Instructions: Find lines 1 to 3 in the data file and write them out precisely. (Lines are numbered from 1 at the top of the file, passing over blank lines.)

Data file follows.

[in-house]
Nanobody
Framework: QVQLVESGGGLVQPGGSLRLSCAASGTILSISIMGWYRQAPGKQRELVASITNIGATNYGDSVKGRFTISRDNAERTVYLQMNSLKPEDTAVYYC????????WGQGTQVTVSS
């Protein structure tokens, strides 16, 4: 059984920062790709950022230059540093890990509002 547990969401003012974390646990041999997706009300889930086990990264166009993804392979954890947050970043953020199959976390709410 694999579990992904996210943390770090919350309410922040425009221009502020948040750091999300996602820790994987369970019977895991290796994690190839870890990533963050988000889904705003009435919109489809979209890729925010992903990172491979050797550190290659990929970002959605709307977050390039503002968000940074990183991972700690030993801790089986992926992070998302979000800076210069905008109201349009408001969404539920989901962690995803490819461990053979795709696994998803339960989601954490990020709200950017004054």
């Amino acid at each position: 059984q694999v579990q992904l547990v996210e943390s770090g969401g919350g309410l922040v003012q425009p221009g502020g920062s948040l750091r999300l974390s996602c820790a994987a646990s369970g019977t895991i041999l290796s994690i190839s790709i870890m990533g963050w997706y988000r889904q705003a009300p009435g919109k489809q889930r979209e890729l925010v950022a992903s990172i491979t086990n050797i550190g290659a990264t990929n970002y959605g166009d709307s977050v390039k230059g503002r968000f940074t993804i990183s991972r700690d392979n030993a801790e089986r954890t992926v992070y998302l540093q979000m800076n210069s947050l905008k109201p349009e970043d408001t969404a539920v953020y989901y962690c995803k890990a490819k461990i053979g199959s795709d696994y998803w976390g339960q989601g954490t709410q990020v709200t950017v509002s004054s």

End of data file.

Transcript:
[in-house]
Nanobody
Framework: QVQLVESGGGLVQPGGSLRLSCAASGTILSISIMGWYRQAPGKQRELVASITNIGATNYGDSVKGRFTISRDNAERTVYLQMNSLKPEDTAVYYC????????WGQGTQVTVSS